A few years ago, I struggle to articulate the fundamental difference between the concepts of niceness and kindness–they are not straight synonyms. This year, my classes keep coming back to equality and individual freedoms. Both my juniors and my seniors have had multiple discussions discussions about equality, reparations for various groups whose ancestors were poorly treated by the US government, privilege, modern racism and prejudice, and class issues.
Equality is the idea that we should all be given the same rights and responsibilities. This generally falls apart in execution due to all of the factors that keep us from being the same. Equality and sameness are not interchangeable, but the way many people discuss equality makes it seem like they are.
“We know all men are not created equal in the sense some people would have us believe–some people are smarter than others, some people have more opportunity because they’re born with it, some men make more money than others, some ladies make better cakes than others–some people are born gifted beyond the normal scope of most men.”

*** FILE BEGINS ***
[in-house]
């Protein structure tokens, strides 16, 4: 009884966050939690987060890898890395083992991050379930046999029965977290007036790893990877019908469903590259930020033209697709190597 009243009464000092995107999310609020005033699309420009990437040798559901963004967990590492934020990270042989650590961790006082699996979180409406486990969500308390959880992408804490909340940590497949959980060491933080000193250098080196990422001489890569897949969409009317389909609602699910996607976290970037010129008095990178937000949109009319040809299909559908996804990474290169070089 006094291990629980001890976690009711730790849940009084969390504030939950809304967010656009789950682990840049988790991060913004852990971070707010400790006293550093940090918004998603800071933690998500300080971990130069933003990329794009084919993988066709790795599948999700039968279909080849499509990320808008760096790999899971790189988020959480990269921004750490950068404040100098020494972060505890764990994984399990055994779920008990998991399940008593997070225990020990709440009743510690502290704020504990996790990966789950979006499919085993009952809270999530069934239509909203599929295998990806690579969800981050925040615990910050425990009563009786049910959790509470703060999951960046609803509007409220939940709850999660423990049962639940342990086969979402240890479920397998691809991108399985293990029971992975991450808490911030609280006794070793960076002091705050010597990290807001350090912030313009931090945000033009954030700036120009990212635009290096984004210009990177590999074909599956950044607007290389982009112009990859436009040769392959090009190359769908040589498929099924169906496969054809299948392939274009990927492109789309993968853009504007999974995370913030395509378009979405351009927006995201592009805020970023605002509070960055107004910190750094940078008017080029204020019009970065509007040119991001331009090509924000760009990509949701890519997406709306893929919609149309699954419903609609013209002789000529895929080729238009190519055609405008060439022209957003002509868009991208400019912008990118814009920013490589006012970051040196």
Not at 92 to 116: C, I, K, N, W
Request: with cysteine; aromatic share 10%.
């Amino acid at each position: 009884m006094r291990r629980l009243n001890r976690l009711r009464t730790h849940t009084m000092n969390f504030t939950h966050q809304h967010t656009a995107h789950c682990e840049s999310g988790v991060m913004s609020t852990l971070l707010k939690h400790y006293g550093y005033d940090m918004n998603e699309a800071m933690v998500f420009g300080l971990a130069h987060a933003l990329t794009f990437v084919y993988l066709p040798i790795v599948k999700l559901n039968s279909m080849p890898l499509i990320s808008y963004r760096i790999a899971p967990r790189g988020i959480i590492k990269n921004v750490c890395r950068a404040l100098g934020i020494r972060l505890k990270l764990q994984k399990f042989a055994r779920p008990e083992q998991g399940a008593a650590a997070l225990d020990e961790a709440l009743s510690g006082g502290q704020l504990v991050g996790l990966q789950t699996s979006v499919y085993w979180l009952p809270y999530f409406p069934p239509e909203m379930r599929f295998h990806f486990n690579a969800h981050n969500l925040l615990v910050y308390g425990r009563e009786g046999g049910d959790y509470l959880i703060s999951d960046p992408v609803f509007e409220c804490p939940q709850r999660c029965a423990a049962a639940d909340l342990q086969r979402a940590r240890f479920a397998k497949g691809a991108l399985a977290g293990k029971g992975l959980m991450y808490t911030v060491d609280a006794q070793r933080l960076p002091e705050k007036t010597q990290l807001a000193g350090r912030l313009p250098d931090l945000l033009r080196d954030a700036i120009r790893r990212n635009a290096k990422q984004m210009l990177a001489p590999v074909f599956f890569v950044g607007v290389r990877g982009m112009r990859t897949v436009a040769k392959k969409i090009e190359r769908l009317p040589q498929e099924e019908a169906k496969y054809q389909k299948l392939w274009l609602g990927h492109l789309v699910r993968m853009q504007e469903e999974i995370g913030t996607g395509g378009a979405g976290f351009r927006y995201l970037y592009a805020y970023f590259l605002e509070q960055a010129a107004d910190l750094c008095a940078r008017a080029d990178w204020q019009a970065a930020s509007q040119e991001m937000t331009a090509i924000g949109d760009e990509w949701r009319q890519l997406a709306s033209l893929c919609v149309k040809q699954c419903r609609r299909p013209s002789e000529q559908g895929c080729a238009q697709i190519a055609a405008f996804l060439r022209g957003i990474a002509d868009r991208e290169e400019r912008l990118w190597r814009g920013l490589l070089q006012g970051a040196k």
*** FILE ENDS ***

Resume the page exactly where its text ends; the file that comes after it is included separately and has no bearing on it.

Atticus Finch’s closing argument: Harper Lee’s To Kill A Mockingbird (274)
Kurt Vonnegut also discussed equality versus sameness in his 1961 short story “Harrison Bergeron” (which I teach every couple of years). If we can all acknowledge what Lee and Vonnegut were getting at, then I hope we can dial down on the inherent idea that we are owed anything for existing. Even hard work, extreme dedication, and a core of steel cannot guarantee us success in school or in life. Bad thing happen to good people and good thing happen to bad people which pulls me to the story of Job (yes, the one from The Bible).
Do my rights matter more than anyone else’s?
Do my needs matter more than anyone else’s?
Living in community requires a give-and-take. Sometimes that mean making reparation for the crimes of our government or our ancestors and sometimes it means working to make sure that the playing field of life is a well maintained as possible. Human nature dictates that we will never be equal in practice. What I take from these stories is that why things are the way they are matters less than how I treat others in the here and now.